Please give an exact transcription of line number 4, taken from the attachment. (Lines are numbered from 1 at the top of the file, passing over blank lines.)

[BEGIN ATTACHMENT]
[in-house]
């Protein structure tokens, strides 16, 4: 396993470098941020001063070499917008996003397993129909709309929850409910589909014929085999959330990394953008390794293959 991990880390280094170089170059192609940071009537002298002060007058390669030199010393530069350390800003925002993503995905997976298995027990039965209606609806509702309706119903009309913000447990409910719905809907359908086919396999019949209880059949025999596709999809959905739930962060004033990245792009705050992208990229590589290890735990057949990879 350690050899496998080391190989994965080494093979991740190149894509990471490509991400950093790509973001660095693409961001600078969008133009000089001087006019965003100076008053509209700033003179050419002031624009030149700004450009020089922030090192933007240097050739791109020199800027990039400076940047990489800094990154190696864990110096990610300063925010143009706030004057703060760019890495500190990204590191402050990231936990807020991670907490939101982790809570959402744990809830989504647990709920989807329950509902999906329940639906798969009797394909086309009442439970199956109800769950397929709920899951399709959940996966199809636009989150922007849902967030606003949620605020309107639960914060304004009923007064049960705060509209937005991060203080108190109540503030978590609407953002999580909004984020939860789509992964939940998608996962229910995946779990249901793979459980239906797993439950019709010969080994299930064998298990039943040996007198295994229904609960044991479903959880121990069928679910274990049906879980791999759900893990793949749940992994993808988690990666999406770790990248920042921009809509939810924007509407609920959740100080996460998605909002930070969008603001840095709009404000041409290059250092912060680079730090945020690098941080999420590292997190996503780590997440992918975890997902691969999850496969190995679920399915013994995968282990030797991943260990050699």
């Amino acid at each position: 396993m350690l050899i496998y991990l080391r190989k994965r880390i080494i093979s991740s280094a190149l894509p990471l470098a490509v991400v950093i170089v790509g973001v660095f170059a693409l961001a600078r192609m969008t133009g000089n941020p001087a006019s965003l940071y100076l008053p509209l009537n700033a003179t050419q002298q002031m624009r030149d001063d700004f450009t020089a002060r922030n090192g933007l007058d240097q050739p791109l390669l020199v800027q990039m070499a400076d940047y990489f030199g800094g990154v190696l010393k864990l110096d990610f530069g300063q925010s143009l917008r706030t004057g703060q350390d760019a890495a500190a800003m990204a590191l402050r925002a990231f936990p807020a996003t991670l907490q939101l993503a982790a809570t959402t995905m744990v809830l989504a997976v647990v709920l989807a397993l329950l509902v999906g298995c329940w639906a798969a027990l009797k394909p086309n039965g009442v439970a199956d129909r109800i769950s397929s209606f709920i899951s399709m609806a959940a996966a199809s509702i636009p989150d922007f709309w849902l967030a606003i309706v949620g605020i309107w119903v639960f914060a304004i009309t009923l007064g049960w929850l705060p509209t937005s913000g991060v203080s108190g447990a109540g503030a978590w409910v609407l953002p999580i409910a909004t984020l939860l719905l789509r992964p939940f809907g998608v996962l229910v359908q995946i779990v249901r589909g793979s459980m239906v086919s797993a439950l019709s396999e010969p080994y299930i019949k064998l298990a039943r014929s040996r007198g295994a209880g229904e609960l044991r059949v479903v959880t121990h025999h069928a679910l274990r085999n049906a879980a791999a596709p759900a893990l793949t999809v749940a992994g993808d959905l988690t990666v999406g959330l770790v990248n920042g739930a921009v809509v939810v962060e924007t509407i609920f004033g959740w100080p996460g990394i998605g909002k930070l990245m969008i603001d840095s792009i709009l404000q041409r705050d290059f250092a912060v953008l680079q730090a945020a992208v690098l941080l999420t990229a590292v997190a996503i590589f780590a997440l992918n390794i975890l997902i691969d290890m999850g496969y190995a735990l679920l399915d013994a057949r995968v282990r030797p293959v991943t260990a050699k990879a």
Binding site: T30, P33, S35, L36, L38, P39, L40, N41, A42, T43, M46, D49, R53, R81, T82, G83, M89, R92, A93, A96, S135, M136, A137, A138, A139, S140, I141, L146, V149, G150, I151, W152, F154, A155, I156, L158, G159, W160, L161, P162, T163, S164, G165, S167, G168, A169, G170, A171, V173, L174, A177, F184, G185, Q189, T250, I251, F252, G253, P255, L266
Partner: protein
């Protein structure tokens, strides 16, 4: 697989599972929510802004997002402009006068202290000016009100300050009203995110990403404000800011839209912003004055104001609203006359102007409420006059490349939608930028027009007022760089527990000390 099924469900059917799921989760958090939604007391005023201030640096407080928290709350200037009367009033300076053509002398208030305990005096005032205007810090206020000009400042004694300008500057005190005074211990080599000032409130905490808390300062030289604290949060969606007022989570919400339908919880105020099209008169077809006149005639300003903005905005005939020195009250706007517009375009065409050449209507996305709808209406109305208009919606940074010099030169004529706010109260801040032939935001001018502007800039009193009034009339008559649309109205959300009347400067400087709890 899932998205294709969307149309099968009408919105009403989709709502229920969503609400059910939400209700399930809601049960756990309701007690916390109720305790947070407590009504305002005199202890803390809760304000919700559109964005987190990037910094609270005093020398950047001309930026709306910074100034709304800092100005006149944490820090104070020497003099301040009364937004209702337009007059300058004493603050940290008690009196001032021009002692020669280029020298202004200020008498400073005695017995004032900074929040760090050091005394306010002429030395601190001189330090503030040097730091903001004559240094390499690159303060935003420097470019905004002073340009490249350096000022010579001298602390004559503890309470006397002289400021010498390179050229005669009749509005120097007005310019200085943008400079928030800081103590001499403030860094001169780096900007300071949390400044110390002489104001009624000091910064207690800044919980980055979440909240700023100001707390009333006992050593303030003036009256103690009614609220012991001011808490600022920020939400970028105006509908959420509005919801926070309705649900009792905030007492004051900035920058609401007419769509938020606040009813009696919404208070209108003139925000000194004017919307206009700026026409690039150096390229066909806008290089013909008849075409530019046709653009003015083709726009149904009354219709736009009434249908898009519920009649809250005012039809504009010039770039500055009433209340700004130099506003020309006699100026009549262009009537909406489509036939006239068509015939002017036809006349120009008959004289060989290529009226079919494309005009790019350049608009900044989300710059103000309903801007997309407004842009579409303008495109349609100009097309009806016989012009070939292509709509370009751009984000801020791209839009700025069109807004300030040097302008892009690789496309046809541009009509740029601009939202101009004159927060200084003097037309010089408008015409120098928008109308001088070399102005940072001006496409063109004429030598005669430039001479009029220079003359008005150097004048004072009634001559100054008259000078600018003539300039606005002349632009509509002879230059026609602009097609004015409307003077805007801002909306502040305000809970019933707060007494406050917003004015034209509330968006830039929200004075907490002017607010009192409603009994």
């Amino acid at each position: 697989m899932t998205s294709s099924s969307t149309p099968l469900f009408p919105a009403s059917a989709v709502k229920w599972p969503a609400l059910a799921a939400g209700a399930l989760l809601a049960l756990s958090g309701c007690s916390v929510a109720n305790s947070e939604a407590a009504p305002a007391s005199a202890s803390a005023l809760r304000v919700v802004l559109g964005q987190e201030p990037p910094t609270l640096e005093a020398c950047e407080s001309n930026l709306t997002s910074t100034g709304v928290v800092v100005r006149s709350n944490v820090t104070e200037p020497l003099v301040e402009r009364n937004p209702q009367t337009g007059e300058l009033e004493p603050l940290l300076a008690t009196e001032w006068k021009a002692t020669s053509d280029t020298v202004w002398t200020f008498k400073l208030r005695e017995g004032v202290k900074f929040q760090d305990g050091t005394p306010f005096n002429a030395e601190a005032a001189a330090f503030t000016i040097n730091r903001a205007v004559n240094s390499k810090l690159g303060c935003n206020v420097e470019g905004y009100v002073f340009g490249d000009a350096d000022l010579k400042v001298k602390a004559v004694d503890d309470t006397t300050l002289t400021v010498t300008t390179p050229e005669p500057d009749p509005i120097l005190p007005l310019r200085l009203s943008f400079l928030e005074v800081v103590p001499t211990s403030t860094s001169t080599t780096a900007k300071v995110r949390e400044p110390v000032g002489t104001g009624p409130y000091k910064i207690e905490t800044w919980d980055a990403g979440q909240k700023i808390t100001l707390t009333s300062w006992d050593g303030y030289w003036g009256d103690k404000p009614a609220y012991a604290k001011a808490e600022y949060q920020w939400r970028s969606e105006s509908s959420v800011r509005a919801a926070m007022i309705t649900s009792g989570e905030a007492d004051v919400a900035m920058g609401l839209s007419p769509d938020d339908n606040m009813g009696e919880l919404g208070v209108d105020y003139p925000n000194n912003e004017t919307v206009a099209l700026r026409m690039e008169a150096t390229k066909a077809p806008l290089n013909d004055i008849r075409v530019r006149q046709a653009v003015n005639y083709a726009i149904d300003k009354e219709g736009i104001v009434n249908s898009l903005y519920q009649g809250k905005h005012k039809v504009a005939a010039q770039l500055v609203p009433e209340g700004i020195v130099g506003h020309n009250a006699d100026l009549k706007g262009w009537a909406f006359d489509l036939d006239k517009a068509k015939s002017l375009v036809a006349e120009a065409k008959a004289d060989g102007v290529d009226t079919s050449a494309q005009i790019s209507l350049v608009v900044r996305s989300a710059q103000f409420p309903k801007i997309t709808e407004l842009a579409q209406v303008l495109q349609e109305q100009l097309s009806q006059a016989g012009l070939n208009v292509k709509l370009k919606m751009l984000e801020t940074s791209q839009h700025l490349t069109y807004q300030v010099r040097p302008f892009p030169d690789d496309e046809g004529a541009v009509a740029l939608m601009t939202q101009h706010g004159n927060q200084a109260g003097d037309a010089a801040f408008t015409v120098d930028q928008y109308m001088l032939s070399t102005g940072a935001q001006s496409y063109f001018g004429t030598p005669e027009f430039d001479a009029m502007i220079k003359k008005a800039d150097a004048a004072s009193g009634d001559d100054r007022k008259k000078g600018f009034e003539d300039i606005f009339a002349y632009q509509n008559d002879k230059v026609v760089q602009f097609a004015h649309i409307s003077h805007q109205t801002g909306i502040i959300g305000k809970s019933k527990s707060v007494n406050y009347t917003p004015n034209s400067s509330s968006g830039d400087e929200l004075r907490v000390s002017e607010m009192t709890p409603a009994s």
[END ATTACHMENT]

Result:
Binding site: T30, P33, S35, L36, L38, P39, L40, N41, A42, T43, M46, D49, R53, R81, T82, G83, M89, R92, A93, A96, S135, M136, A137, A138, A139, S140, I141, L146, V149, G150, I151, W152, F154, A155, I156, L158, G159, W160, L161, P162, T163, S164, G165, S167, G168, A169, G170, A171, V173, L174, A177, F184, G185, Q189, T250, I251, F252, G253, P255, L266